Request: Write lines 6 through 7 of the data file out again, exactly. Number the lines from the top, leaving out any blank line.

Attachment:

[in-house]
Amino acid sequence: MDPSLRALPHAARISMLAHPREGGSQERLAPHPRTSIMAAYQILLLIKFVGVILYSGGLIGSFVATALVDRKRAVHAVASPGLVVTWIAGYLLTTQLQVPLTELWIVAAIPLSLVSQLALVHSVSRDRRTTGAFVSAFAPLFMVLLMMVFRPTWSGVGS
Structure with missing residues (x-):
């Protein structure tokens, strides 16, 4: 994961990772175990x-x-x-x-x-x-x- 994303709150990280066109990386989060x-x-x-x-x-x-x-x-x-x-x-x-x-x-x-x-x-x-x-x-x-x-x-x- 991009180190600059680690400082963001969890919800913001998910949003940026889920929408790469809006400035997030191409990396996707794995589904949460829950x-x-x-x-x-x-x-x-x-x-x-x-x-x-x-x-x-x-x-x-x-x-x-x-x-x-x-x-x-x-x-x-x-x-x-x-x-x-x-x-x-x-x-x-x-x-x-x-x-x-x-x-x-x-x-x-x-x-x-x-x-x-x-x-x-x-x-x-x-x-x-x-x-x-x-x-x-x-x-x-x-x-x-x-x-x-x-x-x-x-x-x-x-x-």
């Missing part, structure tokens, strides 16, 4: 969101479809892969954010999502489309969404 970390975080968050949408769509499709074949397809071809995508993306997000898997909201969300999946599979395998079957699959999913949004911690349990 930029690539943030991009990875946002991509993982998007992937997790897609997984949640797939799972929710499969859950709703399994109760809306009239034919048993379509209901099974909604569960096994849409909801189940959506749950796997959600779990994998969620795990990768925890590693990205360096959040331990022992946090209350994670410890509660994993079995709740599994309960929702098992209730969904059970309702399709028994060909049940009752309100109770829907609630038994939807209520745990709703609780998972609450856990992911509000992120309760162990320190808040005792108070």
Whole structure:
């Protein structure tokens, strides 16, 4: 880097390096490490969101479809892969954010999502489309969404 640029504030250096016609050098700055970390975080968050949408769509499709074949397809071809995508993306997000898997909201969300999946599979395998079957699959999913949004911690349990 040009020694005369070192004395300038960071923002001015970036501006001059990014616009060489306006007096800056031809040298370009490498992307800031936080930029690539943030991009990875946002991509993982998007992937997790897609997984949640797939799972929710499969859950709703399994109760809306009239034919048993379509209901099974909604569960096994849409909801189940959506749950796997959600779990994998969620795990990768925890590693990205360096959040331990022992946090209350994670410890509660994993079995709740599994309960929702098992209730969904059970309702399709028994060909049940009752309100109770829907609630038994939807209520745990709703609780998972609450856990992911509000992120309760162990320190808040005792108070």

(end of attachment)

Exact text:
Whole structure:
């Protein structure tokens, strides 16, 4: 880097390096490490969101479809892969954010999502489309969404 640029504030250096016609050098700055970390975080968050949408769509499709074949397809071809995508993306997000898997909201969300999946599979395998079957699959999913949004911690349990 040009020694005369070192004395300038960071923002001015970036501006001059990014616009060489306006007096800056031809040298370009490498992307800031936080930029690539943030991009990875946002991509993982998007992937997790897609997984949640797939799972929710499969859950709703399994109760809306009239034919048993379509209901099974909604569960096994849409909801189940959506749950796997959600779990994998969620795990990768925890590693990205360096959040331990022992946090209350994670410890509660994993079995709740599994309960929702098992209730969904059970309702399709028994060909049940009752309100109770829907609630038994939807209520745990709703609780998972609450856990992911509000992120309760162990320190808040005792108070």